Hotswap boards


#1

I’m considering buying a hotswap pcb. What are the pros/cons of buying a hotswap other than being able to change out switches more easily? I mean yes, your’e paying a few bucks more, but money isn’t an issue at the moment.

I was going to purchase the KBD67 kit, but am considering TOFU65 if I decide to not go hotswap. Also, as an add on, are there any other board/case combos you would recommend for a 65% layout?


#2

The only con I know is that Hotswap is definitively less durable. By that I mean that if you tend to change your switches pretty often, at a point it will stop working and your kailh socket will break.

That’s pretty much all.

edit: and if a socket breaks while pushing a switch on the pcb, you have to solder it back… So yeah, some people just don’t get it and prefer to solder directly.


#3

The big con with hotswaps is, again, durability. Kailh sockets are great, but the soldering on them is often poor, and there’s been reports of KBDfans’ hotswap boards having the sockets fall out and take the pads with them, making them unrepairable. Granted, my KBD6x R2 doesn’t have this issue, but I’ve heard that while they’re more durable now, there is always the danger with a hotswap board. You can mitigate this by securing the hotswap sockets by supporting them with a layer of foam or something, though. If you know you like a particular switch and just want to keep it accessible to relube/springswap it, the best option is to get a switchtop openable plate and have that option ready, but if you want to use multiple types of switches, get a hotswap board.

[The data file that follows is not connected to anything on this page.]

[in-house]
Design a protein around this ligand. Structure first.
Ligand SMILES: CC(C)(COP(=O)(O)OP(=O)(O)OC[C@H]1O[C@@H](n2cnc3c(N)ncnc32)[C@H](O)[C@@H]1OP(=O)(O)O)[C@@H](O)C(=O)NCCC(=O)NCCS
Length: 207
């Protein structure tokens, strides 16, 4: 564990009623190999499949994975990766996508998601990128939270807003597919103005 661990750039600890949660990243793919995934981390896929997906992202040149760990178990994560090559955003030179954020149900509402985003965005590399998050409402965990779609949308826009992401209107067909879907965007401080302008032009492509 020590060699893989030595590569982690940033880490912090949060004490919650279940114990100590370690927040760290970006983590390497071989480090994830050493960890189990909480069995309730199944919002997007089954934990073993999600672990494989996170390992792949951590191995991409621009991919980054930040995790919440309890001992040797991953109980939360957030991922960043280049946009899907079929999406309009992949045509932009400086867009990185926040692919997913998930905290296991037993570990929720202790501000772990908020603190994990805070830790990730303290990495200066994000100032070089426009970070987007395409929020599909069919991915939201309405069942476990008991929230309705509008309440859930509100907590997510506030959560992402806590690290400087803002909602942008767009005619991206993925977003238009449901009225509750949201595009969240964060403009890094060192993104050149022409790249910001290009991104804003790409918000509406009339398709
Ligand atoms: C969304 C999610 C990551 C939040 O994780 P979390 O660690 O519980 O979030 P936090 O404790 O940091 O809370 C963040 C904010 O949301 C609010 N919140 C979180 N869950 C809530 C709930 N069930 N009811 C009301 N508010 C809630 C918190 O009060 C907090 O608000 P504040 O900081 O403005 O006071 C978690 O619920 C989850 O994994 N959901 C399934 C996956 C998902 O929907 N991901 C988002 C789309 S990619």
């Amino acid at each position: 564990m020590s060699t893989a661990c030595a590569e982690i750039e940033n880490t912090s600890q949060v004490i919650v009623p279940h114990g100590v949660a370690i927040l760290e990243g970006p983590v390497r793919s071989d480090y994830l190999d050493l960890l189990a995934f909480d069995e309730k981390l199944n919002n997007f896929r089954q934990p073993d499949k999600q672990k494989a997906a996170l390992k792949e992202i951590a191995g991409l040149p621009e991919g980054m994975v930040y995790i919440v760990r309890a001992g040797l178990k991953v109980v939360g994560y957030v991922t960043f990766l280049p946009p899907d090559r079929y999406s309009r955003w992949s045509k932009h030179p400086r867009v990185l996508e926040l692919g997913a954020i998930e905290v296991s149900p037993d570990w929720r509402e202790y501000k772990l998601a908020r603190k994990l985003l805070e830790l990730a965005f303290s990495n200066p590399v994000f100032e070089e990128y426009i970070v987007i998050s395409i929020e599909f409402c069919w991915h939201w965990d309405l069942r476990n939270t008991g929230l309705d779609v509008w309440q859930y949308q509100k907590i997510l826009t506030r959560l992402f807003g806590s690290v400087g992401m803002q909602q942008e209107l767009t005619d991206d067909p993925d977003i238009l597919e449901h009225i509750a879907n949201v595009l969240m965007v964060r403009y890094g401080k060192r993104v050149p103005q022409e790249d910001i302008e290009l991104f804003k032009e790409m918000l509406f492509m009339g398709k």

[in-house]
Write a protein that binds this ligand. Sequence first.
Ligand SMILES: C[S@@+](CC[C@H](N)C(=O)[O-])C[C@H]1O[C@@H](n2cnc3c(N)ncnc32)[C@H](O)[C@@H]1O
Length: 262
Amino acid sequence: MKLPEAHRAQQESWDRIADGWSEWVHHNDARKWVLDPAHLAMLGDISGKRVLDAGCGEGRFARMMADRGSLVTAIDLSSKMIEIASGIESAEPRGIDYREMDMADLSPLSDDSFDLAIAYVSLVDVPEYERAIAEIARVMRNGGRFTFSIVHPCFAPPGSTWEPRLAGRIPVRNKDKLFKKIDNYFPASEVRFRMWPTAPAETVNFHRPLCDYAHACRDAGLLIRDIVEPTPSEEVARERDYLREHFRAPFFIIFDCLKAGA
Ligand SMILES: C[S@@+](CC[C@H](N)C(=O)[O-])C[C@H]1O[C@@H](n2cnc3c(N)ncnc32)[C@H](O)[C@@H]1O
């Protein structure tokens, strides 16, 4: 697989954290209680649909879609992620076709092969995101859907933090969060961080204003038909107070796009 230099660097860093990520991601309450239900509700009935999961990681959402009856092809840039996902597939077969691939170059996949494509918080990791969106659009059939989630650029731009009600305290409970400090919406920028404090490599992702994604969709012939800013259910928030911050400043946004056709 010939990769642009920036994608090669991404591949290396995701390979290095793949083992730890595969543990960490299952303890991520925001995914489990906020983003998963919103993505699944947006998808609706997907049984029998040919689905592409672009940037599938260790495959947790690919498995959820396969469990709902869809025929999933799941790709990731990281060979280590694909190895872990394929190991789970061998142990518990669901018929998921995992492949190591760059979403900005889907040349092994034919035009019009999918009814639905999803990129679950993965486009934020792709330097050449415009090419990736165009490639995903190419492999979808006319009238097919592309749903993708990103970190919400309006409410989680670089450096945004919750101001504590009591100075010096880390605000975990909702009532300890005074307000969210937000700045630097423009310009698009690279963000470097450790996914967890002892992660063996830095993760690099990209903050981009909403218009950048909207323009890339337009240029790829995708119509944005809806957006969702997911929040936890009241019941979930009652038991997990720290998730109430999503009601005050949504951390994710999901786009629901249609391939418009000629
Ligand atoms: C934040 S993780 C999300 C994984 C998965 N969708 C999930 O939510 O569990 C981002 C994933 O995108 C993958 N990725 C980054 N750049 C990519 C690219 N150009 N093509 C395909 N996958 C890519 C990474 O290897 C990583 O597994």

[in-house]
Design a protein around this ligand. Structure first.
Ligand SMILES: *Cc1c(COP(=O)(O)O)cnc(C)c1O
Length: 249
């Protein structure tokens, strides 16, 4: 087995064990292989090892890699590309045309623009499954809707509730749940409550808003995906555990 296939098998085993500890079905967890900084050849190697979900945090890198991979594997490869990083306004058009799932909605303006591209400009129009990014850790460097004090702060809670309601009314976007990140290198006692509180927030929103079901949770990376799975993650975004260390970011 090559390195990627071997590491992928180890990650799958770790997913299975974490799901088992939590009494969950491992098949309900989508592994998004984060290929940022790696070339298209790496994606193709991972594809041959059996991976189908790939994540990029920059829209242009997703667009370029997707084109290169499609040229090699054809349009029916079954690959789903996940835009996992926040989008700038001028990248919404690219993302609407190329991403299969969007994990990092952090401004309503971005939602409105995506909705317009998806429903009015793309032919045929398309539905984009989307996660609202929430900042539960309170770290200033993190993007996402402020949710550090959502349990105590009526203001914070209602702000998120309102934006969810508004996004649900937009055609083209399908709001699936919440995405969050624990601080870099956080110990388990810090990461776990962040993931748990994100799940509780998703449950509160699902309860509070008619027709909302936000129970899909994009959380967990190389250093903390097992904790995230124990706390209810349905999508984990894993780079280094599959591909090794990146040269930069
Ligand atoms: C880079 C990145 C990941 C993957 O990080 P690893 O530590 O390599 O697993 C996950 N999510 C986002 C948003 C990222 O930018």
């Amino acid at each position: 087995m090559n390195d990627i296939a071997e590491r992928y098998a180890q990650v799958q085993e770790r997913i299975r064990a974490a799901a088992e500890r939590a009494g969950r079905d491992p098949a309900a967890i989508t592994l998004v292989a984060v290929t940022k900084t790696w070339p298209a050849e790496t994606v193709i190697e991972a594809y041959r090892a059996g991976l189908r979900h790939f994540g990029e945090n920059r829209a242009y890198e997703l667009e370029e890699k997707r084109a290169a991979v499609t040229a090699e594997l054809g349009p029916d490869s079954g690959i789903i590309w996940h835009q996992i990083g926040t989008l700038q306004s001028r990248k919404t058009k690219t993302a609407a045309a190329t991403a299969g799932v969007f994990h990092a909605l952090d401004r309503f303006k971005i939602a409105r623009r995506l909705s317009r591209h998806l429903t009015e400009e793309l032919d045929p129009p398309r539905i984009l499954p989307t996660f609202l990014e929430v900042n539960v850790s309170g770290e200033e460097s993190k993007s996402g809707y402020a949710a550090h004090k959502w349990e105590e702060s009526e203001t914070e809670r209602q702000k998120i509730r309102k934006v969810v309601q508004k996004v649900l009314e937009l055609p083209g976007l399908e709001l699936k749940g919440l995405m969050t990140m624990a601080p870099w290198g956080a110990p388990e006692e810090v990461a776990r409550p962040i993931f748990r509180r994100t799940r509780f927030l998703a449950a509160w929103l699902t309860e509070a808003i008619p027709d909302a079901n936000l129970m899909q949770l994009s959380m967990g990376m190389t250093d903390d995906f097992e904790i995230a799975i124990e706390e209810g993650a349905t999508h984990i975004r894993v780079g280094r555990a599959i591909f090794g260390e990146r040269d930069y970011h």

#4

@Lesbian makes a good point on this. KBDFans does have some good hotswap PCBs now that they’ve had some trial and error, but you do always run the risk of pulling them out. I’ve spoken to Wei at a pretty extensive length about it and he said it should be about 100 pulls for each socket and that they shouldn’t take the pad with them. They do have excellent customer service and are usually very happy to help replace it, so if something like that happens, just reach out to them on Facebook or by e-mail.

I have a few hotswap boards coming in this year and I’m looking forward to them as I have a large variety of switches I’d like to use, but having a plate that supports switch top removal is also fantastic.


#5

Yeah, the Kailh sockets are officially rated for 100 insertion cycles. I personally have the brass 60% plate in my KBD6x board, so it provides a stable, tight fit, along with having switchtop opening! Again, you’ll likely not run into problems so long as you support the sockets properly.


#6

One pro which I haven’t seen mentioned up to this point - hotswap is much more convenient if you want to break in switches before lubing. I’m still on the fence about breaking in switches, but it’s nice to have a couple of beater boards with hotswap PCBs while I figure that out.